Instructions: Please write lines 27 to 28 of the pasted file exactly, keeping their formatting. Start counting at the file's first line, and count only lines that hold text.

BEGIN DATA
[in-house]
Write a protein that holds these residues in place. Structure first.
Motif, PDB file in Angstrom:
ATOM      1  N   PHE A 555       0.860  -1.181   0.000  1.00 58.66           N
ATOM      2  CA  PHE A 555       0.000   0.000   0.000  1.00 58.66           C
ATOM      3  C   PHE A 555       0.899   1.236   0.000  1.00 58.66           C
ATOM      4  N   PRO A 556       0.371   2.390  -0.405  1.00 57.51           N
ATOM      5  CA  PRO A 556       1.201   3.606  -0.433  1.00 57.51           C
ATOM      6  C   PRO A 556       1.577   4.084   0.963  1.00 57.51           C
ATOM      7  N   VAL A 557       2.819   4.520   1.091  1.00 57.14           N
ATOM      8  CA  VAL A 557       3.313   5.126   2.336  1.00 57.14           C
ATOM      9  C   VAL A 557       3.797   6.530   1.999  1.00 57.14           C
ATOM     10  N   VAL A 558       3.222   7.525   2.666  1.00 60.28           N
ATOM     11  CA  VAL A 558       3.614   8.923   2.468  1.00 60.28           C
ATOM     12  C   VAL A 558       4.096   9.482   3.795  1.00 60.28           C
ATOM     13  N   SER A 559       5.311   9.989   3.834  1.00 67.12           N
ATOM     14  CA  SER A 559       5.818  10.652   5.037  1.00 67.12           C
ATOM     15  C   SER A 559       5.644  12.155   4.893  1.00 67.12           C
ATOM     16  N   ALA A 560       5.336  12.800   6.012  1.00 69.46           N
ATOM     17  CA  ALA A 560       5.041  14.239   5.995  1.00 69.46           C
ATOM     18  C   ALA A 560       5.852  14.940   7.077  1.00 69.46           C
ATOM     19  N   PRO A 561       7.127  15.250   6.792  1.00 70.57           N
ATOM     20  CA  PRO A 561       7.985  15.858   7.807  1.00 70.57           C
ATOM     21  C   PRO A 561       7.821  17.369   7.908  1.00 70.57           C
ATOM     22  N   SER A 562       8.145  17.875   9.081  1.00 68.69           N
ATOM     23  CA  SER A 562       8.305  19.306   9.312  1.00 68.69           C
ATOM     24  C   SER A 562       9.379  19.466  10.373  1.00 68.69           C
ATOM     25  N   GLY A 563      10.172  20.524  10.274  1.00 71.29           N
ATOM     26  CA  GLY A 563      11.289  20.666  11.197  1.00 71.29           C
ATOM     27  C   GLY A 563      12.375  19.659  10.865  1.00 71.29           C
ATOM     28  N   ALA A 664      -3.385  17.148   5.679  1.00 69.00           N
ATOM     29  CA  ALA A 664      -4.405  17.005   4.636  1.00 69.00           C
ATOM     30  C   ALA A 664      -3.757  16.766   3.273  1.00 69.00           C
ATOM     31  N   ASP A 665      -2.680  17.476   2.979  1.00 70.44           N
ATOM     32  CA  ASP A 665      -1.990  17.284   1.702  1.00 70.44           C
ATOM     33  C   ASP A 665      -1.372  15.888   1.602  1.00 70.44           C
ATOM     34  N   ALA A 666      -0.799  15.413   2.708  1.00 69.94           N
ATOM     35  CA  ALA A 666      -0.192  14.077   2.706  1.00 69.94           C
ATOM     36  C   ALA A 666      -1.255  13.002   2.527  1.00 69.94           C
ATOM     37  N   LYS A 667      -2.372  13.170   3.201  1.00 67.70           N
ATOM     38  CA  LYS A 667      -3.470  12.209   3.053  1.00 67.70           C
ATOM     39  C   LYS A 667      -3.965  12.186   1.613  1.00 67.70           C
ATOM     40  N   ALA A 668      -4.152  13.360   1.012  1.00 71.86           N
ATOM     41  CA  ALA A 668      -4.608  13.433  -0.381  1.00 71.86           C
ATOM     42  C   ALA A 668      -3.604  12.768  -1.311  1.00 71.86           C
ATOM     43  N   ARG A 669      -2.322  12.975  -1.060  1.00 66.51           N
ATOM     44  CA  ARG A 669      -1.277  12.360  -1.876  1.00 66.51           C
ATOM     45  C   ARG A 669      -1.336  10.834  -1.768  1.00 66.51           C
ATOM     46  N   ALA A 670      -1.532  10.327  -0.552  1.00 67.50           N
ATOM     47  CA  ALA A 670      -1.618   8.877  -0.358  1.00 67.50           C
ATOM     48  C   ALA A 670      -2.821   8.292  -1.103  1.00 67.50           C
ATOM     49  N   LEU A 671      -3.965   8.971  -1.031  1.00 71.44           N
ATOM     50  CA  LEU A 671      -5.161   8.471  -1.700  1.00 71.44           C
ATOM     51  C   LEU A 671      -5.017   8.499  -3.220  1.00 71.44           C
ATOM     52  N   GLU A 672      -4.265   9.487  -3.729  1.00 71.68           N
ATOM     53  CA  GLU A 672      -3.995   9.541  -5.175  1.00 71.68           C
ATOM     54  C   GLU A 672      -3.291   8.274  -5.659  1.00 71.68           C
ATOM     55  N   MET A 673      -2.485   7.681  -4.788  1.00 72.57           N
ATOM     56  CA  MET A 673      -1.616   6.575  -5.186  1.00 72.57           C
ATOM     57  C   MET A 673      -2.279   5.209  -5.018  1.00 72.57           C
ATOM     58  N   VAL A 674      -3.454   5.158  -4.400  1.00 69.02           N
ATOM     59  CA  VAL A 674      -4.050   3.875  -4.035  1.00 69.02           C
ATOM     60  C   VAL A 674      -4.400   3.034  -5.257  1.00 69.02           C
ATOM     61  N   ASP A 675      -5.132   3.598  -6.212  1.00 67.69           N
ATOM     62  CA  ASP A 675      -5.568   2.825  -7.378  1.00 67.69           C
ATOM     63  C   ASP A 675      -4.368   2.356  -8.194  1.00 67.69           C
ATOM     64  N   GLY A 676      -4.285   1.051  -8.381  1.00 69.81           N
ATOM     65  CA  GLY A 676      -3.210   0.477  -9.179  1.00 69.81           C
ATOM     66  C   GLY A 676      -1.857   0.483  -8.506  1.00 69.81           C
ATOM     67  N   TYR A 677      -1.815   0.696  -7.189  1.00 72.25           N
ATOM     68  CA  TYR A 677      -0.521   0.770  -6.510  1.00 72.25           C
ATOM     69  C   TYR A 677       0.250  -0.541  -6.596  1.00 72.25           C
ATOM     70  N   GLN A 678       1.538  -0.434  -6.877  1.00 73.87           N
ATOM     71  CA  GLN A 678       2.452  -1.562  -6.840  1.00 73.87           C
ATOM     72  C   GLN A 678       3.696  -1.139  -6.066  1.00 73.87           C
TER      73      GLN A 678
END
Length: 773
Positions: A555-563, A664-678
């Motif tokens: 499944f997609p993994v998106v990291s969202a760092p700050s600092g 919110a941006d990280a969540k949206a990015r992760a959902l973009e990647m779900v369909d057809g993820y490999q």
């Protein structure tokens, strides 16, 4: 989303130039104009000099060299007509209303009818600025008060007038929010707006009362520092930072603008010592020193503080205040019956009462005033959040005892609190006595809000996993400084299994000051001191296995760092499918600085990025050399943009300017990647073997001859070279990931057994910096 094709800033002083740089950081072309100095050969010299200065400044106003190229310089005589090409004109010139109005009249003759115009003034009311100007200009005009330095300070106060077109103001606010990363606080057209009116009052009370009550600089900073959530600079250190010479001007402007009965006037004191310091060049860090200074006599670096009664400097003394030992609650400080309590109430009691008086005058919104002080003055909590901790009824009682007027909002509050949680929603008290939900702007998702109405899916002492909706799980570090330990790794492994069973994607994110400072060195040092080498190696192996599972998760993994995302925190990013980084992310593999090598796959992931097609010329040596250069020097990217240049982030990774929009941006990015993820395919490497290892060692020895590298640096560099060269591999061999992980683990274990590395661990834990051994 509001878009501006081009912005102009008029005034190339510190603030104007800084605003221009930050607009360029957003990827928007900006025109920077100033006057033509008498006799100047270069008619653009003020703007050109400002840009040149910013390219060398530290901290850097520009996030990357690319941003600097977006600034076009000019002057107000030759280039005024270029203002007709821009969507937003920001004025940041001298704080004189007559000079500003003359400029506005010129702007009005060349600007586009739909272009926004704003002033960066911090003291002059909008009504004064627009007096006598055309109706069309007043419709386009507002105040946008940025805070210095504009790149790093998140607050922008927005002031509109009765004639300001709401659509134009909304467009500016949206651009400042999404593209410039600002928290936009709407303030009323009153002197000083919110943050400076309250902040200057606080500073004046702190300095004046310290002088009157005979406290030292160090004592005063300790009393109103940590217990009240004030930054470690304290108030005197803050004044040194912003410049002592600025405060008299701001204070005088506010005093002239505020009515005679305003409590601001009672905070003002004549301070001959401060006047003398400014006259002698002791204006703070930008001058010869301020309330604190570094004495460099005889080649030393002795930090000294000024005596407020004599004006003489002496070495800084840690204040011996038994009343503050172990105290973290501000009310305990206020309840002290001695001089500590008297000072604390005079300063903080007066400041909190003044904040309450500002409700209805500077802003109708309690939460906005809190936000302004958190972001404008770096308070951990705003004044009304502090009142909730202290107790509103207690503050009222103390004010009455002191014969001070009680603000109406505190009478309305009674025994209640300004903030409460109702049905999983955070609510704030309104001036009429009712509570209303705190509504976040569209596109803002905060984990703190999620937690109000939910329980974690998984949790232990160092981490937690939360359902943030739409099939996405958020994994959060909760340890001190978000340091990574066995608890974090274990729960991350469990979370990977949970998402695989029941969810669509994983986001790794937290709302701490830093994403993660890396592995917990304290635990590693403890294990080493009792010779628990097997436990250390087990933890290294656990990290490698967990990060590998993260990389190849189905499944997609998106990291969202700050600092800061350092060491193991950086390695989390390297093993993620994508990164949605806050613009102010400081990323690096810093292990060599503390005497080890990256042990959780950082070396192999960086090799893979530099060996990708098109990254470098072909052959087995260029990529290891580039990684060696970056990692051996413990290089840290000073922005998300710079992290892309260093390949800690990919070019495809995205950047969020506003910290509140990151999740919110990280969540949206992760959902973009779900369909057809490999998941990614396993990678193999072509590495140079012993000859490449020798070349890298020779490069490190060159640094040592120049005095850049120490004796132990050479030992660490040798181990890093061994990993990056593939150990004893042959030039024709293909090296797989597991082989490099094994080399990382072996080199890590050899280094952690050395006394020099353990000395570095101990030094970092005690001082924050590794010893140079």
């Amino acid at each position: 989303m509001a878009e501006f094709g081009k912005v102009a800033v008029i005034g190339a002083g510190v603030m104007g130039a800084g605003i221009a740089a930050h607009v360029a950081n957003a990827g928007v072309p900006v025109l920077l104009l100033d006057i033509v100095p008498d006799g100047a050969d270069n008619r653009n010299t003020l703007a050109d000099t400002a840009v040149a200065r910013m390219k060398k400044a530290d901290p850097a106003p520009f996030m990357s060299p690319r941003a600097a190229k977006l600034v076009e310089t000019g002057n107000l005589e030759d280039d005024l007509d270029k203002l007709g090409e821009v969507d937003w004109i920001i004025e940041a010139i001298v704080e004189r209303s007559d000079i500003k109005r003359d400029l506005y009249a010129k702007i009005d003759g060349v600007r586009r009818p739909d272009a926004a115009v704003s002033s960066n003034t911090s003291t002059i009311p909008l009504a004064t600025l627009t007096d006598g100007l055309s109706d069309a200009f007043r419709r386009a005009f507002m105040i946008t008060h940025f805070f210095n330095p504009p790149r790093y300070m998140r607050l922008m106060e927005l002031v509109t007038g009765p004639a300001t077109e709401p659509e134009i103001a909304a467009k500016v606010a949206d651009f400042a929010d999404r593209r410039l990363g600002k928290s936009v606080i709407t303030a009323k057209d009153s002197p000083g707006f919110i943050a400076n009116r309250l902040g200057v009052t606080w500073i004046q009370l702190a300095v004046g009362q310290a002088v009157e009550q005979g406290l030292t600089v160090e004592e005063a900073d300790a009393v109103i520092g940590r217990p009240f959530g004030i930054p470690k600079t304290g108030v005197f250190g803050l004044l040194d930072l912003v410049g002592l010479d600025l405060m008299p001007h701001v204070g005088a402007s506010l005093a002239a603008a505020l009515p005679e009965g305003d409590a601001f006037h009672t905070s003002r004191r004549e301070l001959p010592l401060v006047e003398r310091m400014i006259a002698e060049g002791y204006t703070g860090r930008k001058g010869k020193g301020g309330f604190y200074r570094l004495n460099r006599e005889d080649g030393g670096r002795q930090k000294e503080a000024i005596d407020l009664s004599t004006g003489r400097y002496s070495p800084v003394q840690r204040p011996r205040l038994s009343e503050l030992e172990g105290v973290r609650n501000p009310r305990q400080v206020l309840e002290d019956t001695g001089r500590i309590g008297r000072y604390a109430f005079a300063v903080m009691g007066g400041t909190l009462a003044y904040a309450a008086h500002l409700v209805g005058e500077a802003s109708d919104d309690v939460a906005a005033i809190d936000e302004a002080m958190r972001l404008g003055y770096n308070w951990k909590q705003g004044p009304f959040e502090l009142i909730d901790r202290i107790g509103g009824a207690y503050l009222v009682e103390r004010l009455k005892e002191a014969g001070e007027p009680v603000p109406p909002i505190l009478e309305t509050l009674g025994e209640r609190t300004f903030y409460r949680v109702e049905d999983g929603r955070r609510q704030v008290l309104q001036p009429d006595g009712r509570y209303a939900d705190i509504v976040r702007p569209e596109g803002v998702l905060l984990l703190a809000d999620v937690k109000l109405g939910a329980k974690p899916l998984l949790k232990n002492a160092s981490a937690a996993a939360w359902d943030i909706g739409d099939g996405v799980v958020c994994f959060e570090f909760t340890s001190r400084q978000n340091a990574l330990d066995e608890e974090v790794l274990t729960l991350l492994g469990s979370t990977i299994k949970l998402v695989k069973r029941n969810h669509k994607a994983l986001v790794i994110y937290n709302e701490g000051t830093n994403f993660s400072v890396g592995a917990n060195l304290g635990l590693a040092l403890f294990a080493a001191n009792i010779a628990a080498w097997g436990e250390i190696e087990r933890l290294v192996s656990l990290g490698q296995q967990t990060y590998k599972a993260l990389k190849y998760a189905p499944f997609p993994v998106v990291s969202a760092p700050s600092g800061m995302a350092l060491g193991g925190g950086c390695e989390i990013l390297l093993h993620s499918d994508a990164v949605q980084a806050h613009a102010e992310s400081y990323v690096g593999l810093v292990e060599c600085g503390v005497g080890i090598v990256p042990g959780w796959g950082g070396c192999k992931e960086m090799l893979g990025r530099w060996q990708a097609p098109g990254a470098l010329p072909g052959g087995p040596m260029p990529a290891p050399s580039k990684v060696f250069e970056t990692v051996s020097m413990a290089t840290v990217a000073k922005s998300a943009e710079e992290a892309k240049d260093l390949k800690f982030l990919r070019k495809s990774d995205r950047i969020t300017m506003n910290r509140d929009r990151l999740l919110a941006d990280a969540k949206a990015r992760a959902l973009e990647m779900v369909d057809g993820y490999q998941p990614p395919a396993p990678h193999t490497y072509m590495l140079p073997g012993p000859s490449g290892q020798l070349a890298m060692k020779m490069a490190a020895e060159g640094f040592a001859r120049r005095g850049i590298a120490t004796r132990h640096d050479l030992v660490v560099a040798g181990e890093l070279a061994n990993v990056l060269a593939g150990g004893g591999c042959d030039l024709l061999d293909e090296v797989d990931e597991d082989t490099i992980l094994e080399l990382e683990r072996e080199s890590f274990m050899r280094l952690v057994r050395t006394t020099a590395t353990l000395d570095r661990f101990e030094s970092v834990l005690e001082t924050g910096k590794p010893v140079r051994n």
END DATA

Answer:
ATOM     24  C   SER A 562       9.379  19.466  10.373  1.00 68.69           C
ATOM     25  N   GLY A 563      10.172  20.524  10.274  1.00 71.29           N